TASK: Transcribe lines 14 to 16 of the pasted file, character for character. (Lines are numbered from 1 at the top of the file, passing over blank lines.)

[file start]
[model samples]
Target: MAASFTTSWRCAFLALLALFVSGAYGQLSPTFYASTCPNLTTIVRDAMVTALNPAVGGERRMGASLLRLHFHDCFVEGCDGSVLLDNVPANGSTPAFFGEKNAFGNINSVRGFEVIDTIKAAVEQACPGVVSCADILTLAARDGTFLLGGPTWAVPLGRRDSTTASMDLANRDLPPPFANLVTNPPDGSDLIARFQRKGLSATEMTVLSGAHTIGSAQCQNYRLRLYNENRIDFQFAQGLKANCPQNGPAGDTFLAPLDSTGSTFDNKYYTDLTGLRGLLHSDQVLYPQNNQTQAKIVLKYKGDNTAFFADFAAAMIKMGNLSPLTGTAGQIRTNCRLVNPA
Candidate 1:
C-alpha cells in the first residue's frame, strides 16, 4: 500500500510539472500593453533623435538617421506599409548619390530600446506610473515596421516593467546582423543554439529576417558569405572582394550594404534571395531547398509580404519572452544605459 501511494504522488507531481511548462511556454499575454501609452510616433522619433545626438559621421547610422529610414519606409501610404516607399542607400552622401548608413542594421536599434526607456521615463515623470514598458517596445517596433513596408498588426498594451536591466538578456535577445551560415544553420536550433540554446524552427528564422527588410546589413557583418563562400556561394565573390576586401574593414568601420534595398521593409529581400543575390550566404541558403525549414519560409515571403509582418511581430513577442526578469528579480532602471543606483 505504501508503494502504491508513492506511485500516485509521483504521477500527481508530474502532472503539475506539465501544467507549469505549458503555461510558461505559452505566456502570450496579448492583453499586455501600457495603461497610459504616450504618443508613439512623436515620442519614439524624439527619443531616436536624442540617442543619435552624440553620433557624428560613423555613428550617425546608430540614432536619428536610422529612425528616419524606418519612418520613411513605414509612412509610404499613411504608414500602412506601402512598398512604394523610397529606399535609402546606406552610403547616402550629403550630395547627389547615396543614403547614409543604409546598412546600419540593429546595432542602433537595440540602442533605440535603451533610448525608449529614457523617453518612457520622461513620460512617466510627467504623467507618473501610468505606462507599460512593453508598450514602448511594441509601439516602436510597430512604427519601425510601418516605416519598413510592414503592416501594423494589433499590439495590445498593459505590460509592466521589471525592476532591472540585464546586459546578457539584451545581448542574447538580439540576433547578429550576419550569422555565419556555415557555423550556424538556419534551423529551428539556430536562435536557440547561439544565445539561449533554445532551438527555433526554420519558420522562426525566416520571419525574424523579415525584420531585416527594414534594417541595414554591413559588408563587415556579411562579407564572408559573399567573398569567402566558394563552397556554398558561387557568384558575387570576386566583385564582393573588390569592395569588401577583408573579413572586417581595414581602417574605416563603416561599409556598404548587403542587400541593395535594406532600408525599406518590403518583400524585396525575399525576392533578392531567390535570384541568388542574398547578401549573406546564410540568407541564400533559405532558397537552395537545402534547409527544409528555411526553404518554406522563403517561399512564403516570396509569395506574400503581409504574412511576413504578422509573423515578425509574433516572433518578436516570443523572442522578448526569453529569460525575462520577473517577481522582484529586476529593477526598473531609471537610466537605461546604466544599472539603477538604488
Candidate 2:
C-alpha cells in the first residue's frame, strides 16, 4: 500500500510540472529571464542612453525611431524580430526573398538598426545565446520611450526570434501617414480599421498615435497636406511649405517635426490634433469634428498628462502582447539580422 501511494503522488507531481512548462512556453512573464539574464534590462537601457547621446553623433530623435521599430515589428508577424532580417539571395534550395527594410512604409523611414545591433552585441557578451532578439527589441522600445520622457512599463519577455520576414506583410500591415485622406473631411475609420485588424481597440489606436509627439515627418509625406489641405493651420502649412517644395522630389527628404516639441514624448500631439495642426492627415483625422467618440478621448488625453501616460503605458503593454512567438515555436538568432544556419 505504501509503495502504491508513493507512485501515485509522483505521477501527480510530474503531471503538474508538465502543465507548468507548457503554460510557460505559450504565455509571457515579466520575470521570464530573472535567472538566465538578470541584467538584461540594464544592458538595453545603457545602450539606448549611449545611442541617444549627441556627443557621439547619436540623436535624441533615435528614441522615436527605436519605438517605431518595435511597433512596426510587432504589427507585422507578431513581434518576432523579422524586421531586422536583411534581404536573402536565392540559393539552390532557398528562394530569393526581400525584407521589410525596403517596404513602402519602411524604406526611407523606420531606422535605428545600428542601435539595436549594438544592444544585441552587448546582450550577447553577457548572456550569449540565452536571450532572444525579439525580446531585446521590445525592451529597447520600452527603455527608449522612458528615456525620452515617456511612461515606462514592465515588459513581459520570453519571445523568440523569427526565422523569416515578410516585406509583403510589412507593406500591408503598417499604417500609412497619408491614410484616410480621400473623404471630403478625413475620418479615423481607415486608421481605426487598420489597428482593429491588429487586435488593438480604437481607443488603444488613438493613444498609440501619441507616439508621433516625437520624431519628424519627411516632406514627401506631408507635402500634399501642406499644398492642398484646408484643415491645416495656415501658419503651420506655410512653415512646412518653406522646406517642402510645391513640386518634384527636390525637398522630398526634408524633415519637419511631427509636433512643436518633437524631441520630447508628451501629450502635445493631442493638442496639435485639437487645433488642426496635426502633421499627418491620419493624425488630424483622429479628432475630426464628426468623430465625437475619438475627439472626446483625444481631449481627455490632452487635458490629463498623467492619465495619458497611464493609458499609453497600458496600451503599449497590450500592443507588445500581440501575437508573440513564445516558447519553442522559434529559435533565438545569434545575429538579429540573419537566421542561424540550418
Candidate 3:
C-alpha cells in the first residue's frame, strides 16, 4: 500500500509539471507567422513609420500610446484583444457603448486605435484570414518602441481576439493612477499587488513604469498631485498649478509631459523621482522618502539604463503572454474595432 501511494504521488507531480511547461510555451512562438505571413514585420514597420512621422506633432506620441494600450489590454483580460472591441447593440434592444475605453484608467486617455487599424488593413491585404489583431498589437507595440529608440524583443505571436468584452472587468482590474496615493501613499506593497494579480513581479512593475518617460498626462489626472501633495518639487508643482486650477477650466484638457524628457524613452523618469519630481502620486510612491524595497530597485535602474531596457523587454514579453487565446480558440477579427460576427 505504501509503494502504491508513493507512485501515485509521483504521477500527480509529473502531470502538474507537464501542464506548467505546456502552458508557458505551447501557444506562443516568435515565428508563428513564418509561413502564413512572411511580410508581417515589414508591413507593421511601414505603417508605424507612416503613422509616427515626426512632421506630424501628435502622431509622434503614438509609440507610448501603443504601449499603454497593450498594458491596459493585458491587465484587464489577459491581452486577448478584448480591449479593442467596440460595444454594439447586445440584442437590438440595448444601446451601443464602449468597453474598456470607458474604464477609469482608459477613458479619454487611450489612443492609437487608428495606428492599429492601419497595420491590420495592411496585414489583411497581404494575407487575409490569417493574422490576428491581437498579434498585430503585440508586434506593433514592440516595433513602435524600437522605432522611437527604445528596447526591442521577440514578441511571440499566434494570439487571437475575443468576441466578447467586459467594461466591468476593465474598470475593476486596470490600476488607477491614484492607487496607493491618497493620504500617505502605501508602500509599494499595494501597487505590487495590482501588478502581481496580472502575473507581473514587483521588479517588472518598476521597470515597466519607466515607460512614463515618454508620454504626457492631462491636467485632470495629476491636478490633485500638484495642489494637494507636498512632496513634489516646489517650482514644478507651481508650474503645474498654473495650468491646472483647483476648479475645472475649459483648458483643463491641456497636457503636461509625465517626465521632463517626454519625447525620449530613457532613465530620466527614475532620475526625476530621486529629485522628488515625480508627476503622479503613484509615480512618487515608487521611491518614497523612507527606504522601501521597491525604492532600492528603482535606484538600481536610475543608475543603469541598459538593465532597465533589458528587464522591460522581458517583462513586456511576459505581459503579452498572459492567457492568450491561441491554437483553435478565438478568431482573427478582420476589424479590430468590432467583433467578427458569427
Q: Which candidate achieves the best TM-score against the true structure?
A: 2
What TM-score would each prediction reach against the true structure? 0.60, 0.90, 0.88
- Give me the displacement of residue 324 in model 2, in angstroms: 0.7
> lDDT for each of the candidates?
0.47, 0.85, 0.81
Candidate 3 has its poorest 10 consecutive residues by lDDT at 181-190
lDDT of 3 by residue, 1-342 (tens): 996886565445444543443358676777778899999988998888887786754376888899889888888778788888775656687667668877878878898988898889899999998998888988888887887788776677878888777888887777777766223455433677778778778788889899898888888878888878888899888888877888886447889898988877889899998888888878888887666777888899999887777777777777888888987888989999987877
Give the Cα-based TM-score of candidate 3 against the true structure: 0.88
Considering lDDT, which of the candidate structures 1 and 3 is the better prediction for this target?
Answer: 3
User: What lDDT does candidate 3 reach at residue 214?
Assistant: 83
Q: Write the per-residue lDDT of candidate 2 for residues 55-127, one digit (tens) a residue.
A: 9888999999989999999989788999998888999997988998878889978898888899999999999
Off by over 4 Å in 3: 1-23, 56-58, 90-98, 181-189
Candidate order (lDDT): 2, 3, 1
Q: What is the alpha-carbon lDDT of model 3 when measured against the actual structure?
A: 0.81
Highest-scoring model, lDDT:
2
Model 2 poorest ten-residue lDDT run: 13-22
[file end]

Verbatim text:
0.47, 0.85, 0.81
Candidate 3 has its poorest 10 consecutive residues by lDDT at 181-190
lDDT of 3 by residue, 1-342 (tens): 996886565445444543443358676777778899999988998888887786754376888899889888888778788888775656687667668877878878898988898889899999998998888988888887887788776677878888777888887777777766223455433677778778778788889899898888888878888878888899888888877888886447889898988877889899998888888878888887666777888899999887777777777777888888987888989999987877